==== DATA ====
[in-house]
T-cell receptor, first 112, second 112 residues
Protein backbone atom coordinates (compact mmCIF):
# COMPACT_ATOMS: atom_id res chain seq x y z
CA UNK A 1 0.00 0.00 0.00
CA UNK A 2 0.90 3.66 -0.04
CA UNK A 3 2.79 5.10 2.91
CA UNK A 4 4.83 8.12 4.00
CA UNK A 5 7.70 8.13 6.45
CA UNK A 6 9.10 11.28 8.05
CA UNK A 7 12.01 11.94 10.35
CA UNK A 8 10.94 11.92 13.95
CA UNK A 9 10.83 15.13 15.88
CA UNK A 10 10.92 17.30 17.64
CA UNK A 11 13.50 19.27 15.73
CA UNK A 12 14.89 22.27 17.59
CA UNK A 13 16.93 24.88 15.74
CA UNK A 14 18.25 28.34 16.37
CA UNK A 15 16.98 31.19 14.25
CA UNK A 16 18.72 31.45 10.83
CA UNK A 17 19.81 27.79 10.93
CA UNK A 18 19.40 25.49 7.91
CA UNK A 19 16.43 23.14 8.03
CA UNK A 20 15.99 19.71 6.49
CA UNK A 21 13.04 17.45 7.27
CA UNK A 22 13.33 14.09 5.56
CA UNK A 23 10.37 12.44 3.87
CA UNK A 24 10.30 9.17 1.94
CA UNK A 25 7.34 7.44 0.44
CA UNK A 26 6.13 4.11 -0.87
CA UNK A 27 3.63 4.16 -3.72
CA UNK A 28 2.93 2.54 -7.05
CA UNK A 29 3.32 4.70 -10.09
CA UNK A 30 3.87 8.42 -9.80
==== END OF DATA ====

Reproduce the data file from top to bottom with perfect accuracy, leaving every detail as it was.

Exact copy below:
[in-house]
T-cell receptor, first 112, second 112 residues
Protein backbone atom coordinates (compact mmCIF):
# COMPACT_ATOMS: atom_id res chain seq x y z
CA UNK A 1 0.00 0.00 0.00
CA UNK A 2 0.90 3.66 -0.04
CA UNK A 3 2.79 5.10 2.91
CA UNK A 4 4.83 8.12 4.00
CA UNK A 5 7.70 8.13 6.45
CA UNK A 6 9.10 11.28 8.05
CA UNK A 7 12.01 11.94 10.35
CA UNK A 8 10.94 11.92 13.95
CA UNK A 9 10.83 15.13 15.88
CA UNK A 10 10.92 17.30 17.64
CA UNK A 11 13.50 19.27 15.73
CA UNK A 12 14.89 22.27 17.59
CA UNK A 13 16.93 24.88 15.74
CA UNK A 14 18.25 28.34 16.37
CA UNK A 15 16.98 31.19 14.25
CA UNK A 16 18.72 31.45 10.83
CA UNK A 17 19.81 27.79 10.93
CA UNK A 18 19.40 25.49 7.91
CA UNK A 19 16.43 23.14 8.03
CA UNK A 20 15.99 19.71 6.49
CA UNK A 21 13.04 17.45 7.27
CA UNK A 22 13.33 14.09 5.56
CA UNK A 23 10.37 12.44 3.87
CA UNK A 24 10.30 9.17 1.94
CA UNK A 25 7.34 7.44 0.44
CA UNK A 26 6.13 4.11 -0.87
CA UNK A 27 3.63 4.16 -3.72
CA UNK A 28 2.93 2.54 -7.05
CA UNK A 29 3.32 4.70 -10.09
CA UNK A 30 3.87 8.42 -9.80